But the allegations about Rhodes are the latest effort to draw attention to whether the Obama administration had a hand in spreading the dossier.

Grassley’s criminal referral claim that Steele was freelancing for the State Department under former Secretary of State John KerryJohn Forbes KerrySeinfeld's Jason Alexander compares Trump dance video to iconic Elaine dance This time, for Democrats, Catholics matter President's job approval is surest sign Trump will lose reelection MORE, while, Grassley says, Steele was a paid informant for the FBI.

Steele produced monthly reports for the State Department about political conditions in Russia and Ukraine but was not on their payroll.

According to Grassley, a foreign source alerted a “friend of the Clintons” about allegations of collusion between Trump officials and the Russians. That information was passed on to a contact at the State Department, who allegedly alerted Steele to the allegations, according to Grassley.

GOP lawmakers have told The Hill that they suspect two longtime Clinton confidants — Sidney Blumenthal and Cody Shearer — are the likely sources of information that they believe reached Steele through his contact at the Obama State Department, Jonathan Winer.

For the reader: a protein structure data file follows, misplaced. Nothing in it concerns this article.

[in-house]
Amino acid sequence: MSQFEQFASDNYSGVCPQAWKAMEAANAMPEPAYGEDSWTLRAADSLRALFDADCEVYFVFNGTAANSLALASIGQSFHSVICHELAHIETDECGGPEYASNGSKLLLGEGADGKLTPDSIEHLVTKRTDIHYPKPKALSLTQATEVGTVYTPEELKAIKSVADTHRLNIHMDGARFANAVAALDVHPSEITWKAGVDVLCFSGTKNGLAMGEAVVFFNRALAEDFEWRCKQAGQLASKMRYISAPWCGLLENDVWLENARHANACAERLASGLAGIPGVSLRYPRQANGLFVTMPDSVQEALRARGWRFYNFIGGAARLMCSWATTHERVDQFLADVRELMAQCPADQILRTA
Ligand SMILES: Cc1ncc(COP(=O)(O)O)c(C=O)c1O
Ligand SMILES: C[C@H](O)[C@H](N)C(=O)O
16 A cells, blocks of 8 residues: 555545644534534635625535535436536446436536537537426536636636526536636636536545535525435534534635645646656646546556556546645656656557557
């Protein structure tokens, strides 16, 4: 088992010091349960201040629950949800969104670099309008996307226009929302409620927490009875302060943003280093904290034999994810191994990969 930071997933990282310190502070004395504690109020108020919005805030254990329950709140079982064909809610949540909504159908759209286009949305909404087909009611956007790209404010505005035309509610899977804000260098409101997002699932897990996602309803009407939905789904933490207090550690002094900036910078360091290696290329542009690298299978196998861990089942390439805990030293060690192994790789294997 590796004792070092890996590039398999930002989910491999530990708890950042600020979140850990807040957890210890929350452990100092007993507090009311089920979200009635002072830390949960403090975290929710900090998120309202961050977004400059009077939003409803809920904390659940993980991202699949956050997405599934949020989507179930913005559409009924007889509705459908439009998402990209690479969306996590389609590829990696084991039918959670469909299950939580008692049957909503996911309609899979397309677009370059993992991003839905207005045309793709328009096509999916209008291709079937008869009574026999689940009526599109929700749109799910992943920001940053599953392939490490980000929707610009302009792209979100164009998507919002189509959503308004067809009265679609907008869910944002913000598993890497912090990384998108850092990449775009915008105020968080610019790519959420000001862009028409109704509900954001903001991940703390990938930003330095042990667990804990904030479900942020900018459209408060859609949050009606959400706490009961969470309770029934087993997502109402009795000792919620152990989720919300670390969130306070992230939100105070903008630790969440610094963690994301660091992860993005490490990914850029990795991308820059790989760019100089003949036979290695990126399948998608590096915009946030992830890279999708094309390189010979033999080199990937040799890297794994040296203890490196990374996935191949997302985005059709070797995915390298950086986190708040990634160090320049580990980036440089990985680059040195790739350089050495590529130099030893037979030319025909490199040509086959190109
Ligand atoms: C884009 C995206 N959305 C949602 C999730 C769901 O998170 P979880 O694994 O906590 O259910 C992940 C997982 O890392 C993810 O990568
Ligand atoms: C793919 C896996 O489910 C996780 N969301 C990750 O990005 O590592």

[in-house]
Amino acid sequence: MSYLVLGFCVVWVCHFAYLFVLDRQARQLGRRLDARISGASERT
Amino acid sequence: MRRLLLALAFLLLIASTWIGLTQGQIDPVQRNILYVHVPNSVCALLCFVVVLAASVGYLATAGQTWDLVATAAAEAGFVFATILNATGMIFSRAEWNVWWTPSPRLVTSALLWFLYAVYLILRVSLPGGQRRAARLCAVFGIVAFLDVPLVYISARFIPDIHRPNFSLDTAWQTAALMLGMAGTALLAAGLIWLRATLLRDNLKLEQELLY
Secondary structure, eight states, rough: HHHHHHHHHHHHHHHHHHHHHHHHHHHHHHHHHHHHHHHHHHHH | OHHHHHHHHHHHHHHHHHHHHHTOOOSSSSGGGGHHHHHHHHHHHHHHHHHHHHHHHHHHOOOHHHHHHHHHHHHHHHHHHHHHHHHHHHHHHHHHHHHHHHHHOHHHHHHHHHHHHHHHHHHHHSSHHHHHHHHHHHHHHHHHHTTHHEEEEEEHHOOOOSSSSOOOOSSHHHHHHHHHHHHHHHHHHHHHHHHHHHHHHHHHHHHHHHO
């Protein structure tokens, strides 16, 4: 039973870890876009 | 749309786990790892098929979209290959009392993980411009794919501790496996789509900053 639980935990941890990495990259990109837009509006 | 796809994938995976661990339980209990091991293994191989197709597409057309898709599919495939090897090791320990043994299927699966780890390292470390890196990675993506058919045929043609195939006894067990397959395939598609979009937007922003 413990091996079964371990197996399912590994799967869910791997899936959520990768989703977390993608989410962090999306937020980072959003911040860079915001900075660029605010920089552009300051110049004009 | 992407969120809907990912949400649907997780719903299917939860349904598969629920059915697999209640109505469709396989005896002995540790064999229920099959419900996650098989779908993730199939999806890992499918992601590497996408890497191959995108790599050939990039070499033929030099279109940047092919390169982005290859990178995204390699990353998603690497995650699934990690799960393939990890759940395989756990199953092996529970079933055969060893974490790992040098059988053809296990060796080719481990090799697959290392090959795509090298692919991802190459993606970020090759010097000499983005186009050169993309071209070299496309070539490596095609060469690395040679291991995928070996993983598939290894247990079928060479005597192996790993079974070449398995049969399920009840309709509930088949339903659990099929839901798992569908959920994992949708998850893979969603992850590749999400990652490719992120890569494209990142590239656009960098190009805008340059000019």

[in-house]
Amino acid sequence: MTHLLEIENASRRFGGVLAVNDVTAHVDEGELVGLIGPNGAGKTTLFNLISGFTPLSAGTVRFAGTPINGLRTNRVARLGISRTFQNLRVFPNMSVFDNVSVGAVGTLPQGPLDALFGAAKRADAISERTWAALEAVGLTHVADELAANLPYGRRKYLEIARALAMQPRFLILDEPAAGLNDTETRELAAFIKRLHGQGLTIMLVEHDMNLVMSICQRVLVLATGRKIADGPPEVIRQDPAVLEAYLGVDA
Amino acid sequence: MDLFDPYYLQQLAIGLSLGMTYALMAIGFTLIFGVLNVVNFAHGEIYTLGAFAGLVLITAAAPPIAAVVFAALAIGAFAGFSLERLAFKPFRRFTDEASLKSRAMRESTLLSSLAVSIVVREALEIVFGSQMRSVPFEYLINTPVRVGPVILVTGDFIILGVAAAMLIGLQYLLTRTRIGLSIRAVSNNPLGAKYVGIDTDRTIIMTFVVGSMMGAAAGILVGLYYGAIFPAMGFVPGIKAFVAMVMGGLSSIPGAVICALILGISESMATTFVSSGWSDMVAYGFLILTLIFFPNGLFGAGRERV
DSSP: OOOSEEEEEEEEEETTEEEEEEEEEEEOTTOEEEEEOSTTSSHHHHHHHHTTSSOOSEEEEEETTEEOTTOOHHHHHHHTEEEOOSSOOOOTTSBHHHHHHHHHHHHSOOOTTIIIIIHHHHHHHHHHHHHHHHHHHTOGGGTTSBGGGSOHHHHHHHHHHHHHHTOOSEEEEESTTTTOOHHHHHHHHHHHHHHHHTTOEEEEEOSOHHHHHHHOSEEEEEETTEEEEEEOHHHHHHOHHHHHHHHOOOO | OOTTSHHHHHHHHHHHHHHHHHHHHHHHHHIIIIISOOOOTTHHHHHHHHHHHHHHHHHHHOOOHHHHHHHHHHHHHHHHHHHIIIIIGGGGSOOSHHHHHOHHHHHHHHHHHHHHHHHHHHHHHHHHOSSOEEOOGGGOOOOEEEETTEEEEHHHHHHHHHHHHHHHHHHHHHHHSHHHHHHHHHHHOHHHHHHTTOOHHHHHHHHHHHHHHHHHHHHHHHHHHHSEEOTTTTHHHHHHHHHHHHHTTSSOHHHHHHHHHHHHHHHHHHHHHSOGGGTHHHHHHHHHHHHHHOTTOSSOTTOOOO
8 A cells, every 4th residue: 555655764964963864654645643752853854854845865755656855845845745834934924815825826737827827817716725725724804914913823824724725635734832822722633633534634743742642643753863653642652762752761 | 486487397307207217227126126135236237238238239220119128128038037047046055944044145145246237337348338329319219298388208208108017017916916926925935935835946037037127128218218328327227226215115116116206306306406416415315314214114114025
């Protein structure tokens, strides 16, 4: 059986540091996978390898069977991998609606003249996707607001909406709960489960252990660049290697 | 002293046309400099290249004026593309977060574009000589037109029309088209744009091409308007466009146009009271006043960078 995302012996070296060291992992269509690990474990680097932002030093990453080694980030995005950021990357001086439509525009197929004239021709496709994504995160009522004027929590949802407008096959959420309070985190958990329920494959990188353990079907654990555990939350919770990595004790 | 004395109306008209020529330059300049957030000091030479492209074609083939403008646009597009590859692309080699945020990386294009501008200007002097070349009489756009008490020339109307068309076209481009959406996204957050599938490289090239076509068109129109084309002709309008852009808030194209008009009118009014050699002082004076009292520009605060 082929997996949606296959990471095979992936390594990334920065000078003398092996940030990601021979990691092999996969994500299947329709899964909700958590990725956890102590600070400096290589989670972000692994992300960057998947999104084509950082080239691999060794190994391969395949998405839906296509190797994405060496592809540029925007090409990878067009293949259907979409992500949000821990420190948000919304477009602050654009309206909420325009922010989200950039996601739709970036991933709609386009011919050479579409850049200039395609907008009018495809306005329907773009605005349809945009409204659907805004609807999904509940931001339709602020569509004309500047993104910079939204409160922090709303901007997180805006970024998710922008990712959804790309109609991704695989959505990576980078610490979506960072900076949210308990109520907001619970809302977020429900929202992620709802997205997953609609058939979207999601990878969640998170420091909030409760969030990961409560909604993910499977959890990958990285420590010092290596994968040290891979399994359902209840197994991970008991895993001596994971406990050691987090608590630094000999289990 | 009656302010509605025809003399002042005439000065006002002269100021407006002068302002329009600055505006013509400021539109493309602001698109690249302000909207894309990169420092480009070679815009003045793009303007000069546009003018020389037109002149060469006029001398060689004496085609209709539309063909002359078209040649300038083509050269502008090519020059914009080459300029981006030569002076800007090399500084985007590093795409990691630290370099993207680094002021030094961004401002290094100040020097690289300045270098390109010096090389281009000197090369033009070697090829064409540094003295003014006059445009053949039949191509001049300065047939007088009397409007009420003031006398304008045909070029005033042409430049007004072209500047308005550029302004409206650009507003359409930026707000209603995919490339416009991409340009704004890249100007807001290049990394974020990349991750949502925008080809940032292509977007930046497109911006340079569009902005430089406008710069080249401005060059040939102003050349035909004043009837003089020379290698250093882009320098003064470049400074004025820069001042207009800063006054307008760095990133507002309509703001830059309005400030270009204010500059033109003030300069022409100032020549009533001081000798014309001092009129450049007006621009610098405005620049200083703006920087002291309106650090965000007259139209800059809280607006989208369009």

Nunes would not confirm to Hewitt that Blumenthal was the Clinton confidante in question, but his colleague, Rep. Trey GowdyHarold (Trey) Watson GowdySunday shows preview: Election integrity dominates as Nov. 3 nears Tim Scott invokes Breonna Taylor, George Floyd in Trump convention speech Sunday shows preview: Republicans gear up for national convention, USPS debate continues in Washington MORE (R-S.C.), signaled in a Fox News interview on Tuesday night that he is the person they suspect.

Nunes said the House Intelligence Committee has begun an investigation into the Obama State Department.

“We are looking into discrepancies or irregularities at the State Department and how information came into the State Department, what was done with that information, how that was processed and where it went,” Nunes said Wednesday.

Speaking Sunday on CBS’s “Face the Nation,” former Assistant Secretary of State Victoria Nuland said that Steele had initiated contact with the State Department. Nuland added that they passed his findings along to the FBI, where officials were already aware of his findings.

“Chris had a friend at the State Department and he offered us that reporting free so that we could also benefit from it,” Nuland said. “It was one of, you know, hundreds of sources that we were using to try to understand what was going on.”

“He passed two to four pages of short points of what he was finding, and our immediate reaction to that was, 'This is not in our purview,'” she continued. “'This needs to go to the FBI if there is any concern here that one candidate or the election as a whole might be influenced by the Russian Federation. That's something for the FBI to investigate.' And that was our reaction when we saw this.”